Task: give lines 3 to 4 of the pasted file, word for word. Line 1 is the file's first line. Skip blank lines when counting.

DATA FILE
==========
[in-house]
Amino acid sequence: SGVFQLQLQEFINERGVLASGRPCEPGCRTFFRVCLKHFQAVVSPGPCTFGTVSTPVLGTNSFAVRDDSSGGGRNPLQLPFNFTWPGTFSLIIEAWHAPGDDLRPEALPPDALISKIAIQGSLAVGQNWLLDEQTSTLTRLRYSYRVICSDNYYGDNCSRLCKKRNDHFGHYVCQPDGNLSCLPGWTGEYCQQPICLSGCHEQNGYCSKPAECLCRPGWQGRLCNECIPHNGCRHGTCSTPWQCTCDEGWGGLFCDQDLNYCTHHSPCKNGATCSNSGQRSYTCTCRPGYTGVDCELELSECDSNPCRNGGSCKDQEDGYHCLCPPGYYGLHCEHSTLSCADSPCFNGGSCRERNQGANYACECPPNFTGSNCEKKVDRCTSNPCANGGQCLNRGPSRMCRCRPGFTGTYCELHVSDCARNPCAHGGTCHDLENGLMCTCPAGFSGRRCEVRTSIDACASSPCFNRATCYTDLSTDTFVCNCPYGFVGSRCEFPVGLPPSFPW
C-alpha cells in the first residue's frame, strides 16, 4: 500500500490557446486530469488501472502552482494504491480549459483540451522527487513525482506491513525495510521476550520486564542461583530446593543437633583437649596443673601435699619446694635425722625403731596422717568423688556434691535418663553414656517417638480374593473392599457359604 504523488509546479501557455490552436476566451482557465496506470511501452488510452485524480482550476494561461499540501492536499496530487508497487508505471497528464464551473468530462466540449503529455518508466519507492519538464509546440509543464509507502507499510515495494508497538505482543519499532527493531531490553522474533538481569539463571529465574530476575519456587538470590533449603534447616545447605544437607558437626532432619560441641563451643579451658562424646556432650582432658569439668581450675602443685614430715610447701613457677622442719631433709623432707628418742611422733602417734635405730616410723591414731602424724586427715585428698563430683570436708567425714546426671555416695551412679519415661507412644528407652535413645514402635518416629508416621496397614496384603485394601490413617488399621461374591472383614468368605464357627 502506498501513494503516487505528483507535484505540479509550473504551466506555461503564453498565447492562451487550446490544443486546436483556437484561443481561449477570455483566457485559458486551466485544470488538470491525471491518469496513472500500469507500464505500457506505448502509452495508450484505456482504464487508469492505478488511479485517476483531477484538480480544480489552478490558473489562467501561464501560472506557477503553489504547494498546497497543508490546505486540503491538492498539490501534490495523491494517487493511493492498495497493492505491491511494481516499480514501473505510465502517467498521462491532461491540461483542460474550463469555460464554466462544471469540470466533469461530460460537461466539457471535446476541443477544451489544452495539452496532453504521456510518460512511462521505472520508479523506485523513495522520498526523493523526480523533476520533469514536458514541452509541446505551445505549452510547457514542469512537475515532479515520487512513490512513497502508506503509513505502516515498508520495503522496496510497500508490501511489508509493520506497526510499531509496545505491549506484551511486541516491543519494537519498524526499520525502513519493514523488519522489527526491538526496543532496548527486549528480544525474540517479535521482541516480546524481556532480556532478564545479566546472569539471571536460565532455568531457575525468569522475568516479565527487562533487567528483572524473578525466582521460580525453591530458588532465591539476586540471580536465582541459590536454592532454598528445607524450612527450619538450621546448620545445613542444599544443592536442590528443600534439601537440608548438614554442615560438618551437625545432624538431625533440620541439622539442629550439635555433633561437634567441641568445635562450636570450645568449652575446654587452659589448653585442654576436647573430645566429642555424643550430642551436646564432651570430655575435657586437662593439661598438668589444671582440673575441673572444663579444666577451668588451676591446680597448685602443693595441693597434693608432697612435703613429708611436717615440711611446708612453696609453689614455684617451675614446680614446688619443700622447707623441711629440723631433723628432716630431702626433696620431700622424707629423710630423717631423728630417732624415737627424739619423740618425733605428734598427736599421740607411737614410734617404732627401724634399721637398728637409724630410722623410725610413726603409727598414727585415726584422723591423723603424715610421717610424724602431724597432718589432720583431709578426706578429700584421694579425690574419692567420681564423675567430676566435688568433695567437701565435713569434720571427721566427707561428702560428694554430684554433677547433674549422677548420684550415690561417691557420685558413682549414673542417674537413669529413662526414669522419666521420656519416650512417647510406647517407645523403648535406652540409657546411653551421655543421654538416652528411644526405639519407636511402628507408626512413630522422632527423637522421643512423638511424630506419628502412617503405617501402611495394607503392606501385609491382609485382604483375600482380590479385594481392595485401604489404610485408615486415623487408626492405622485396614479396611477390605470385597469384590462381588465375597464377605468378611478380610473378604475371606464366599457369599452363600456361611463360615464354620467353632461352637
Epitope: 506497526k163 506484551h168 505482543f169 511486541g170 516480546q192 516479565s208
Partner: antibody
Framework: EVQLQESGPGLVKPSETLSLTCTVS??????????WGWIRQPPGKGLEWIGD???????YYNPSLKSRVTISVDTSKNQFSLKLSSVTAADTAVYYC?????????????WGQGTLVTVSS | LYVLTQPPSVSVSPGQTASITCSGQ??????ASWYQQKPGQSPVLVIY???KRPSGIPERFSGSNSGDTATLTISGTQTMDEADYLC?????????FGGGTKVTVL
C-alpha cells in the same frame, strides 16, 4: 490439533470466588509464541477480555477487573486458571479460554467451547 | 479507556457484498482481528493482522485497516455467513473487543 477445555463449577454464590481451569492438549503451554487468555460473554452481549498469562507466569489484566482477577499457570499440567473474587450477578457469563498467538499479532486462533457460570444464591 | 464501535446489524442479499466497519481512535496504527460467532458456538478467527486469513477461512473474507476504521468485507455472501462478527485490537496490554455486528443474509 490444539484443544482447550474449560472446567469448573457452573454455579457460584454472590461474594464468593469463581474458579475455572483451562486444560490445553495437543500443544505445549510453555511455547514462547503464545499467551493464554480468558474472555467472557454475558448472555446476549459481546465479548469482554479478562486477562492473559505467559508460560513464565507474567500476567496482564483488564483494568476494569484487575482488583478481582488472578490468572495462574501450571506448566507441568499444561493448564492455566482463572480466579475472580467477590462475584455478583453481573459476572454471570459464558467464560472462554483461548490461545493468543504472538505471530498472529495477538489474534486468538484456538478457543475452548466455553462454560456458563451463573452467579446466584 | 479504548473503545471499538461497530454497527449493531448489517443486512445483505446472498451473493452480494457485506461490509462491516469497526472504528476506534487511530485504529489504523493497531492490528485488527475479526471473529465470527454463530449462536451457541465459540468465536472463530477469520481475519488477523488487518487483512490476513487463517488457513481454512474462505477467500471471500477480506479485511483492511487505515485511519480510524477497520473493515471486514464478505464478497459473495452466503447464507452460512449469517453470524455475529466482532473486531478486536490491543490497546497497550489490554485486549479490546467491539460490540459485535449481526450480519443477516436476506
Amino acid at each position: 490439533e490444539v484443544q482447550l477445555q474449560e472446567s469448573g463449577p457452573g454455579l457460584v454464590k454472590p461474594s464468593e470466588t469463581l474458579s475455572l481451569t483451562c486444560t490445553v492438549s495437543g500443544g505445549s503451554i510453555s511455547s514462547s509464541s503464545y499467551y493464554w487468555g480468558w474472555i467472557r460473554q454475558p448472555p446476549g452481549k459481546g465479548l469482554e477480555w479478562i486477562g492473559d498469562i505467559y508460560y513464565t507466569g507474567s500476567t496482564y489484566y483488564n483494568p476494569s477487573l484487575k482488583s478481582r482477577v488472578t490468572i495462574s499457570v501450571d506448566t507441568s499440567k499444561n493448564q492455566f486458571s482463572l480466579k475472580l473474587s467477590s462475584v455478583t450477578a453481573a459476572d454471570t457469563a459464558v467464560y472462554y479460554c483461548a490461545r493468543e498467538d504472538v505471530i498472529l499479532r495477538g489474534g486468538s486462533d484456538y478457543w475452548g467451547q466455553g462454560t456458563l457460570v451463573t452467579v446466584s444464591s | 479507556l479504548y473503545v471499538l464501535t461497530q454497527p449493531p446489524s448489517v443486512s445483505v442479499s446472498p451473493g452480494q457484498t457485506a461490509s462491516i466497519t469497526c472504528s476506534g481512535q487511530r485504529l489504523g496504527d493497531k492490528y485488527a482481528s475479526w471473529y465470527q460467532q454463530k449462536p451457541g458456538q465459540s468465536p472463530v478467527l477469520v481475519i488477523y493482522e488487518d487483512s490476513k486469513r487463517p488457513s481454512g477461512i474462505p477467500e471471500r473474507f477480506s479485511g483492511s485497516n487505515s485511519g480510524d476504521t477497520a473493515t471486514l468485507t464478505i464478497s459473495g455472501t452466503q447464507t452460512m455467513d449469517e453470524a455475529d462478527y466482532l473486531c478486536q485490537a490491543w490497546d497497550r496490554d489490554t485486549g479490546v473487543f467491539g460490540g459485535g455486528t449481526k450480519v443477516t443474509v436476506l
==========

C-alpha cells in the first residue's frame, strides 16, 4: 500500500490557446486530469488501472502552482494504491480549459483540451522527487513525482506491513525495510521476550520486564542461583530446593543437633583437649596443673601435699619446694635425722625403731596422717568423688556434691535418663553414656517417638480374593473392599457359604 504523488509546479501557455490552436476566451482557465496506470511501452488510452485524480482550476494561461499540501492536499496530487508497487508505471497528464464551473468530462466540449503529455518508466519507492519538464509546440509543464509507502507499510515495494508497538505482543519499532527493531531490553522474533538481569539463571529465574530476575519456587538470590533449603534447616545447605544437607558437626532432619560441641563451643579451658562424646556432650582432658569439668581450675602443685614430715610447701613457677622442719631433709623432707628418742611422733602417734635405730616410723591414731602424724586427715585428698563430683570436708567425714546426671555416695551412679519415661507412644528407652535413645514402635518416629508416621496397614496384603485394601490413617488399621461374591472383614468368605464357627 502506498501513494503516487505528483507535484505540479509550473504551466506555461503564453498565447492562451487550446490544443486546436483556437484561443481561449477570455483566457485559458486551466485544470488538470491525471491518469496513472500500469507500464505500457506505448502509452495508450484505456482504464487508469492505478488511479485517476483531477484538480480544480489552478490558473489562467501561464501560472506557477503553489504547494498546497497543508490546505486540503491538492498539490501534490495523491494517487493511493492498495497493492505491491511494481516499480514501473505510465502517467498521462491532461491540461483542460474550463469555460464554466462544471469540470466533469461530460460537461466539457471535446476541443477544451489544452495539452496532453504521456510518460512511462521505472520508479523506485523513495522520498526523493523526480523533476520533469514536458514541452509541446505551445505549452510547457514542469512537475515532479515520487512513490512513497502508506503509513505502516515498508520495503522496496510497500508490501511489508509493520506497526510499531509496545505491549506484551511486541516491543519494537519498524526499520525502513519493514523488519522489527526491538526496543532496548527486549528480544525474540517479535521482541516480546524481556532480556532478564545479566546472569539471571536460565532455568531457575525468569522475568516479565527487562533487567528483572524473578525466582521460580525453591530458588532465591539476586540471580536465582541459590536454592532454598528445607524450612527450619538450621546448620545445613542444599544443592536442590528443600534439601537440608548438614554442615560438618551437625545432624538431625533440620541439622539442629550439635555433633561437634567441641568445635562450636570450645568449652575446654587452659589448653585442654576436647573430645566429642555424643550430642551436646564432651570430655575435657586437662593439661598438668589444671582440673575441673572444663579444666577451668588451676591446680597448685602443693595441693597434693608432697612435703613429708611436717615440711611446708612453696609453689614455684617451675614446680614446688619443700622447707623441711629440723631433723628432716630431702626433696620431700622424707629423710630423717631423728630417732624415737627424739619423740618425733605428734598427736599421740607411737614410734617404732627401724634399721637398728637409724630410722623410725610413726603409727598414727585415726584422723591423723603424715610421717610424724602431724597432718589432720583431709578426706578429700584421694579425690574419692567420681564423675567430676566435688568433695567437701565435713569434720571427721566427707561428702560428694554430684554433677547433674549422677548420684550415690561417691557420685558413682549414673542417674537413669529413662526414669522419666521420656519416650512417647510406647517407645523403648535406652540409657546411653551421655543421654538416652528411644526405639519407636511402628507408626512413630522422632527423637522421643512423638511424630506419628502412617503405617501402611495394607503392606501385609491382609485382604483375600482380590479385594481392595485401604489404610485408615486415623487408626492405622485396614479396611477390605470385597469384590462381588465375597464377605468378611478380610473378604475371606464366599457369599452363600456361611463360615464354620467353632461352637
Epitope: 506497526k163 506484551h168 505482543f169 511486541g170 516480546q192 516479565s208